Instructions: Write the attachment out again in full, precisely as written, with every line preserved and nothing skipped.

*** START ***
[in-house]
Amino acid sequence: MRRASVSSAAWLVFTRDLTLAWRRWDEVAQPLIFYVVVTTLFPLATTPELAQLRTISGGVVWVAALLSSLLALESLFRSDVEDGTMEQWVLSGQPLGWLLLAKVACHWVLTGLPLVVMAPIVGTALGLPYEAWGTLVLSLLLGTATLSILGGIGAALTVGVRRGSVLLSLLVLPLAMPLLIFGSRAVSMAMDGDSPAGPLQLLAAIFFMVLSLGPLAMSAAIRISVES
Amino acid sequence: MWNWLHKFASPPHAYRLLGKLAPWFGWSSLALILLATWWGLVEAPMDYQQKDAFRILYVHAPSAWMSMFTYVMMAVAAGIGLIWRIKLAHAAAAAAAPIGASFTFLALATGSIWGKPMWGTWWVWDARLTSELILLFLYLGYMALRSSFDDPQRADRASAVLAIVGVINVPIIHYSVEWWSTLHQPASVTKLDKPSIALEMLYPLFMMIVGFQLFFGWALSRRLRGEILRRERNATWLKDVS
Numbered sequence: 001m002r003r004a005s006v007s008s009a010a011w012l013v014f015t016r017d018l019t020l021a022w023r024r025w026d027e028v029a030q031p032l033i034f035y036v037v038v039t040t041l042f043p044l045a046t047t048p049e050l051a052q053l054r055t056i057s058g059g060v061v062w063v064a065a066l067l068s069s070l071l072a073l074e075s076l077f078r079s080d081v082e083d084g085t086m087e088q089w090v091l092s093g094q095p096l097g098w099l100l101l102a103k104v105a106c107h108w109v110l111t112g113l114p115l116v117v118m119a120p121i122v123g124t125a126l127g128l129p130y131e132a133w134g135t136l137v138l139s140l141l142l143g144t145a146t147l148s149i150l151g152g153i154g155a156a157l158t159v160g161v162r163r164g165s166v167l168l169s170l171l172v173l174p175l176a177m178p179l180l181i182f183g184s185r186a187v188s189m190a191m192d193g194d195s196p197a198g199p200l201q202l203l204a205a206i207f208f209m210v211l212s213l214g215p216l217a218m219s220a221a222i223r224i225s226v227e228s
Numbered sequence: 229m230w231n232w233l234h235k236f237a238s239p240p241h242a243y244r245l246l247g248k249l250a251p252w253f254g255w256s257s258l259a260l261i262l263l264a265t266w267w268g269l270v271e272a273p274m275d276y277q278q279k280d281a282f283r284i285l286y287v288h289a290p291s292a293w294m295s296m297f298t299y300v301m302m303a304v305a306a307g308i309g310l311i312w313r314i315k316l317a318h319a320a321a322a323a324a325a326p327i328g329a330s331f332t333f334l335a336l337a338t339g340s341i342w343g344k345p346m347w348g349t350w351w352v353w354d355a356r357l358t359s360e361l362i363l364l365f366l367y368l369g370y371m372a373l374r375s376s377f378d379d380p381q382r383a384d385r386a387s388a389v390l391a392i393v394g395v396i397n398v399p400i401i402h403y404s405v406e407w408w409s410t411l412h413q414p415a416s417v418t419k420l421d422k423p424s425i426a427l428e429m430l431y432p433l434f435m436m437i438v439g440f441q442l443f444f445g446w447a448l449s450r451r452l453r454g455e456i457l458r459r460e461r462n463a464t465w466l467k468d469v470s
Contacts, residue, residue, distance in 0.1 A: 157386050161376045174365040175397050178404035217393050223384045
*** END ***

[in-house]
Amino acid sequence: MRRASVSSAAWLVFTRDLTLAWRRWDEVAQPLIFYVVVTTLFPLATTPELAQLRTISGGVVWVAALLSSLLALESLFRSDVEDGTMEQWVLSGQPLGWLLLAKVACHWVLTGLPLVVMAPIVGTALGLPYEAWGTLVLSLLLGTATLSILGGIGAALTVGVRRGSVLLSLLVLPLAMPLLIFGSRAVSMAMDGDSPAGPLQLLAAIFFMVLSLGPLAMSAAIRISVES
Amino acid sequence: MWNWLHKFASPPHAYRLLGKLAPWFGWSSLALILLATWWGLVEAPMDYQQKDAFRILYVHAPSAWMSMFTYVMMAVAAGIGLIWRIKLAHAAAAAAAPIGASFTFLALATGSIWGKPMWGTWWVWDARLTSELILLFLYLGYMALRSSFDDPQRADRASAVLAIVGVINVPIIHYSVEWWSTLHQPASVTKLDKPSIALEMLYPLFMMIVGFQLFFGWALSRRLRGEILRRERNATWLKDVS
Numbered sequence: 001m002r003r004a005s006v007s008s009a010a011w012l013v014f015t016r017d018l019t020l021a022w023r024r025w026d027e028v029a030q031p032l033i034f035y036v037v038v039t040t041l042f043p044l045a046t047t048p049e050l051a052q053l054r055t056i057s058g059g060v061v062w063v064a065a066l067l068s069s070l071l072a073l074e075s076l077f078r079s080d081v082e083d084g085t086m087e088q089w090v091l092s093g094q095p096l097g098w099l100l101l102a103k104v105a106c107h108w109v110l111t112g113l114p115l116v117v118m119a120p121i122v123g124t125a126l127g128l129p130y131e132a133w134g135t136l137v138l139s140l141l142l143g144t145a146t147l148s149i150l151g152g153i154g155a156a157l158t159v160g161v162r163r164g165s166v167l168l169s170l171l172v173l174p175l176a177m178p179l180l181i182f183g184s185r186a187v188s189m190a191m192d193g194d195s196p197a198g199p200l201q202l203l204a205a206i207f208f209m210v211l212s213l214g215p216l217a218m219s220a221a222i223r224i225s226v227e228s
Numbered sequence: 229m230w231n232w233l234h235k236f237a238s239p240p241h242a243y244r245l246l247g248k249l250a251p252w253f254g255w256s257s258l259a260l261i262l263l264a265t266w267w268g269l270v271e272a273p274m275d276y277q278q279k280d281a282f283r284i285l286y287v288h289a290p291s292a293w294m295s296m297f298t299y300v301m302m303a304v305a306a307g308i309g310l311i312w313r314i315k316l317a318h319a320a321a322a323a324a325a326p327i328g329a330s331f332t333f334l335a336l337a338t339g340s341i342w343g344k345p346m347w348g349t350w351w352v353w354d355a356r357l358t359s360e361l362i363l364l365f366l367y368l369g370y371m372a373l374r375s376s377f378d379d380p381q382r383a384d385r386a387s388a389v390l391a392i393v394g395v396i397n398v399p400i401i402h403y404s405v406e407w408w409s410t411l412h413q414p415a416s417v418t419k420l421d422k423p424s425i426a427l428e429m430l431y432p433l434f435m436m437i438v439g440f441q442l443f444f445g446w447a448l449s450r451r452l453r454g455e456i457l458r459r460e461r462n463a464t465w466l467k468d469v470s
Contacts, residue, residue, distance in 0.1 A: 157386050161376045174365040175397050178404035217393050223384045